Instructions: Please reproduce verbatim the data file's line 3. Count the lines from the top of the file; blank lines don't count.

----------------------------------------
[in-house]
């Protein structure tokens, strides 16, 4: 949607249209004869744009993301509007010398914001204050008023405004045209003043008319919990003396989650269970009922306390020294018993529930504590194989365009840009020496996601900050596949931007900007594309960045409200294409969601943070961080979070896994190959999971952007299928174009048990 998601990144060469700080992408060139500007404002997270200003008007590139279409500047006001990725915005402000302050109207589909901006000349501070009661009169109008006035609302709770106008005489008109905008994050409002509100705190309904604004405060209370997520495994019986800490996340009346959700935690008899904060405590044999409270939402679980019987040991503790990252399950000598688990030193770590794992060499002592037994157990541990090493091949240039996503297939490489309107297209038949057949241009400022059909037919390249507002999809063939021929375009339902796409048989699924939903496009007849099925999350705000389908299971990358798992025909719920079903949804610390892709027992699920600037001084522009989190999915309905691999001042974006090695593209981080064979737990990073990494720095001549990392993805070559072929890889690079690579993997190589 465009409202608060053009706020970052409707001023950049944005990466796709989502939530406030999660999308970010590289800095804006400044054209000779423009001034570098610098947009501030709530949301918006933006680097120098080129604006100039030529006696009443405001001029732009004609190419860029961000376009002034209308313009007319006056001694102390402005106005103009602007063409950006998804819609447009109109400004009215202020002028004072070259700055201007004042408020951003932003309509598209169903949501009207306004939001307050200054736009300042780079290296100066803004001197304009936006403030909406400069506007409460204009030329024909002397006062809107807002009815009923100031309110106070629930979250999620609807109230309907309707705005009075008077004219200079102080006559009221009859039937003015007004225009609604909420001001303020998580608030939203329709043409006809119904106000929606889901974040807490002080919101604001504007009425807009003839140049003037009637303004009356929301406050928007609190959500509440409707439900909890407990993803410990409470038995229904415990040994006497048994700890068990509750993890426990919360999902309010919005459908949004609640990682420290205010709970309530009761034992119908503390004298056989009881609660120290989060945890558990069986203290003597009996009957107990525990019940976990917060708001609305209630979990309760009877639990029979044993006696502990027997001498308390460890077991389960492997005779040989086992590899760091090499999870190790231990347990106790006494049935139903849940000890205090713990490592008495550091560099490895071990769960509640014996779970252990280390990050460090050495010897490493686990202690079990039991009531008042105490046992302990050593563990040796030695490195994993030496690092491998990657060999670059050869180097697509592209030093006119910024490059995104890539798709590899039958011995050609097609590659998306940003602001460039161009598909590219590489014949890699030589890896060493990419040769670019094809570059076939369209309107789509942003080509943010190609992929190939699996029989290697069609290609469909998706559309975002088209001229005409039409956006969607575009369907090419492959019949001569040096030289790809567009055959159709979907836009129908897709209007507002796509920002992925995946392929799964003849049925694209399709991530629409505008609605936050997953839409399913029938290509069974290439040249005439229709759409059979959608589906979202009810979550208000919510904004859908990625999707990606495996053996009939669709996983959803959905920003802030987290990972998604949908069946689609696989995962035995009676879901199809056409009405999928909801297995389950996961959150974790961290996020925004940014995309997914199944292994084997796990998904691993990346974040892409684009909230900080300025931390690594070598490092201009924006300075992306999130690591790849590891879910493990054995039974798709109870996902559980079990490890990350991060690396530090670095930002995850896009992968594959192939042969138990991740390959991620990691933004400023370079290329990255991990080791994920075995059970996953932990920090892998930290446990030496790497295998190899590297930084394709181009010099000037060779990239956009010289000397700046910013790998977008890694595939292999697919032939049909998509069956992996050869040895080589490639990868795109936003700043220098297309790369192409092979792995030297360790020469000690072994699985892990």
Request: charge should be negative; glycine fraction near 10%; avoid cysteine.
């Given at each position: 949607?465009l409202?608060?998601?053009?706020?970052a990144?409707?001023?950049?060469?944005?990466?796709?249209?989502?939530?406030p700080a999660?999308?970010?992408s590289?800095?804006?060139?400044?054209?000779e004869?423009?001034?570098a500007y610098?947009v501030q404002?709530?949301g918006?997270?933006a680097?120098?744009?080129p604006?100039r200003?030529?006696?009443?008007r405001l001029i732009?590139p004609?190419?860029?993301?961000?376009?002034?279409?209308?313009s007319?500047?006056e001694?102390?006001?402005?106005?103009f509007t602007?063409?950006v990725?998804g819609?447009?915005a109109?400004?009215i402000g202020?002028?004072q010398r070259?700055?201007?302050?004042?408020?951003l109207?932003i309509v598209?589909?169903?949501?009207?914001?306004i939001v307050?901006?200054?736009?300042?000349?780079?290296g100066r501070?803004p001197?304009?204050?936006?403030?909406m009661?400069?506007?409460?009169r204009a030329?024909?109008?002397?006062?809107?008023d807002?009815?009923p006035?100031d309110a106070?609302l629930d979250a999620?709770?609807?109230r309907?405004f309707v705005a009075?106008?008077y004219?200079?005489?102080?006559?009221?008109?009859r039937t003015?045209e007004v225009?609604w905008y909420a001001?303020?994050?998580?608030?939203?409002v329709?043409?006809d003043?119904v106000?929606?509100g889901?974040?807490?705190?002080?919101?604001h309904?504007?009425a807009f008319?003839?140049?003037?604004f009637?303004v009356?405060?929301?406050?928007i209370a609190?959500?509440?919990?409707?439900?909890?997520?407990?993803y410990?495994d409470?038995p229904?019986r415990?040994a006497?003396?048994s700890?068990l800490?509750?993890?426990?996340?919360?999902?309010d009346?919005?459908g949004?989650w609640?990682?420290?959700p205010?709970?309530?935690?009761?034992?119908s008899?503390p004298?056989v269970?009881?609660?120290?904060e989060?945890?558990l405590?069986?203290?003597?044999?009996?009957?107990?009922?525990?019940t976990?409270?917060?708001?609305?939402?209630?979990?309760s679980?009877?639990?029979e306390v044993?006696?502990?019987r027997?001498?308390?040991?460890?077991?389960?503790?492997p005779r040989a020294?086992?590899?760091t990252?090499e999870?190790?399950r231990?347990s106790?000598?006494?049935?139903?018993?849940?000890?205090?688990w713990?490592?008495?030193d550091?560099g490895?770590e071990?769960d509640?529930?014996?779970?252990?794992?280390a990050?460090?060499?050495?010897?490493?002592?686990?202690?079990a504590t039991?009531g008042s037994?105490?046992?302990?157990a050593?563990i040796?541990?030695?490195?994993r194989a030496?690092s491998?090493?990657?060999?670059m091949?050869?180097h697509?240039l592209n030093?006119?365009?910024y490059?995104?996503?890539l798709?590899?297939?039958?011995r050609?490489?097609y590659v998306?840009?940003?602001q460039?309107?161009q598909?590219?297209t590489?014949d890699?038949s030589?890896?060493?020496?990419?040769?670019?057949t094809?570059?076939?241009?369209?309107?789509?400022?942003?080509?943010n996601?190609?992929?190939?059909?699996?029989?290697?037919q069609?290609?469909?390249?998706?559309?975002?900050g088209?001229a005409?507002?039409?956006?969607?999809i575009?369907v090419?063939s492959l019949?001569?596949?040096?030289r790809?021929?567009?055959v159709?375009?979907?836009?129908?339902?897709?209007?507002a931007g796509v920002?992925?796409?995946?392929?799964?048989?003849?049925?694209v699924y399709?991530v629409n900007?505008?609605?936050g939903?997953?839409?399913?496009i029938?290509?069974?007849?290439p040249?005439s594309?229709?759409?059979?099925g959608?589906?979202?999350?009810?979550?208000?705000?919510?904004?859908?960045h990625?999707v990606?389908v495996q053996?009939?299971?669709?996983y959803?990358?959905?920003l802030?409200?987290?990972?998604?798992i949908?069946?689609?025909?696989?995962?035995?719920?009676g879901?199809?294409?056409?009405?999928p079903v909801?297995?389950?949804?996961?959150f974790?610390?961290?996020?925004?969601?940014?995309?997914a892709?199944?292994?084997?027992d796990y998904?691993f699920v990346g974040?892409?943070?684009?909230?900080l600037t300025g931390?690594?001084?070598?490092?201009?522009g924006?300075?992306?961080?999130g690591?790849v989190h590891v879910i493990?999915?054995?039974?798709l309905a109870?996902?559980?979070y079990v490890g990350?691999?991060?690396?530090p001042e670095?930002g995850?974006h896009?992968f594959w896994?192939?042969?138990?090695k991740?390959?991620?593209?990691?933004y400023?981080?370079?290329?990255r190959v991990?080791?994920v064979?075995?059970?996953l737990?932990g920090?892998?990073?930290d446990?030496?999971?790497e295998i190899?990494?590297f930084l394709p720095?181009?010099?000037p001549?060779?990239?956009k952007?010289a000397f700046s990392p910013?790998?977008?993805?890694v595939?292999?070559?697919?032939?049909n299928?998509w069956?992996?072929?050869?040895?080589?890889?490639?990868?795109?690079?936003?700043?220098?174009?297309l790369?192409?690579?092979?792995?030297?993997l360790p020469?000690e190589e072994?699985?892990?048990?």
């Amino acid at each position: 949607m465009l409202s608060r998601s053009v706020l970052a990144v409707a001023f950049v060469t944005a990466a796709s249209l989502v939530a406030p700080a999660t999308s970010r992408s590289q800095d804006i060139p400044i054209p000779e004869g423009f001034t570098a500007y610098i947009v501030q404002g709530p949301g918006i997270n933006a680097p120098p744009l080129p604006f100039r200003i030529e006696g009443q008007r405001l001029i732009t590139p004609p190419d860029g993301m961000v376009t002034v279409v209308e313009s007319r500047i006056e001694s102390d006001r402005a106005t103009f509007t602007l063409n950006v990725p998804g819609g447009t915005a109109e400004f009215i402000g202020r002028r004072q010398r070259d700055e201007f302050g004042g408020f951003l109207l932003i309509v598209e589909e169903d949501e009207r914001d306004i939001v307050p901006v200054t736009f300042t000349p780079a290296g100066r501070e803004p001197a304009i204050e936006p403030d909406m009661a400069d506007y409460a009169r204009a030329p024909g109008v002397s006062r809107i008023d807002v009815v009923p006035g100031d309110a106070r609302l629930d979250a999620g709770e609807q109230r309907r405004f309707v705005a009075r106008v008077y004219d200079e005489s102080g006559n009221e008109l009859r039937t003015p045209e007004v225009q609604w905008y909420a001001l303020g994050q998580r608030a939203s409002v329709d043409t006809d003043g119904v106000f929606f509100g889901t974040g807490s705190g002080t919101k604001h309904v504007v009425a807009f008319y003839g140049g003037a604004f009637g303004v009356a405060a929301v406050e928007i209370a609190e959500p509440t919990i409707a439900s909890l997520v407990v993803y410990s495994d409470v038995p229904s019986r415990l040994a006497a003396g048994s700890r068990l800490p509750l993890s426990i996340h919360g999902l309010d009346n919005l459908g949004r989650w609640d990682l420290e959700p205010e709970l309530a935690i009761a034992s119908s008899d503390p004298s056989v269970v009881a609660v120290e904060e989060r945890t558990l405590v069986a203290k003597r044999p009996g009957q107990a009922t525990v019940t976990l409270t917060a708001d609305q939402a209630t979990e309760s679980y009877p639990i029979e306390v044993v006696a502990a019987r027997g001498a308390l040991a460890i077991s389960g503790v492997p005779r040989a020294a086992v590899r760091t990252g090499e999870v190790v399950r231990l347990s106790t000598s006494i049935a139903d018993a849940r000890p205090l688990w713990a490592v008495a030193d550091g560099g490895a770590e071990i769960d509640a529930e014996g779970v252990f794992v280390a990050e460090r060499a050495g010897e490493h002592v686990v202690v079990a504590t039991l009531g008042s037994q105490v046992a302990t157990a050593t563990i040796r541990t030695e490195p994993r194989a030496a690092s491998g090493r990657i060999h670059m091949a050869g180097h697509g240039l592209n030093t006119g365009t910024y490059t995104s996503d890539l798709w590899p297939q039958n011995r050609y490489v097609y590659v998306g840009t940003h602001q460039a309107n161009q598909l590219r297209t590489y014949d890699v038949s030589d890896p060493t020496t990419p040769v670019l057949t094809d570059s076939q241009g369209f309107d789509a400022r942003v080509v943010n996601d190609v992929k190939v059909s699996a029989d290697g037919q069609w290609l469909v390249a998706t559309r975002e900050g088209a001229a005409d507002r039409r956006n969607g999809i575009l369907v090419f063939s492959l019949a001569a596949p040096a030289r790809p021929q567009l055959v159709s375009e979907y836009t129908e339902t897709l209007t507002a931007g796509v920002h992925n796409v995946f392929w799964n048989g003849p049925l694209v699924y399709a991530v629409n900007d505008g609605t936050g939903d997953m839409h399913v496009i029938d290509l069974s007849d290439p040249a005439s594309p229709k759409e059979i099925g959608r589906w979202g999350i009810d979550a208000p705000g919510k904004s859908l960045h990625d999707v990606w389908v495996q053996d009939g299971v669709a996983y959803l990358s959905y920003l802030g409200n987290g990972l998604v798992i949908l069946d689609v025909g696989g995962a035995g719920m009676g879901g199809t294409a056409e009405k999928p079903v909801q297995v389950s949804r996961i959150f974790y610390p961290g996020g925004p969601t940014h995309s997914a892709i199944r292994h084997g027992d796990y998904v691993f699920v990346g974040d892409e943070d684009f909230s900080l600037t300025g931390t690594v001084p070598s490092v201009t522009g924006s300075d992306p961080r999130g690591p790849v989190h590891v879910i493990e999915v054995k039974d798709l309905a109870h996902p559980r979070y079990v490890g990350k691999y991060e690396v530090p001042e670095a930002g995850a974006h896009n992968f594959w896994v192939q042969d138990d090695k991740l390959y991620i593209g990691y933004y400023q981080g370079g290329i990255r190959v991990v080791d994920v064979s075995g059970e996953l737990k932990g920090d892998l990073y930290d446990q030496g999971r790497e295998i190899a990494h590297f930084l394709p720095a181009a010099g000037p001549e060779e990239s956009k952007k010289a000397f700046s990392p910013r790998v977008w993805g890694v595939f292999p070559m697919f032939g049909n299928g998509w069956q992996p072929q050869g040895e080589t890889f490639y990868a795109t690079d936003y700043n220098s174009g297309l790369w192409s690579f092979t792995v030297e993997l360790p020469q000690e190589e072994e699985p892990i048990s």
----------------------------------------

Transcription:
Request: charge should be negative; glycine fraction near 10%; avoid cysteine.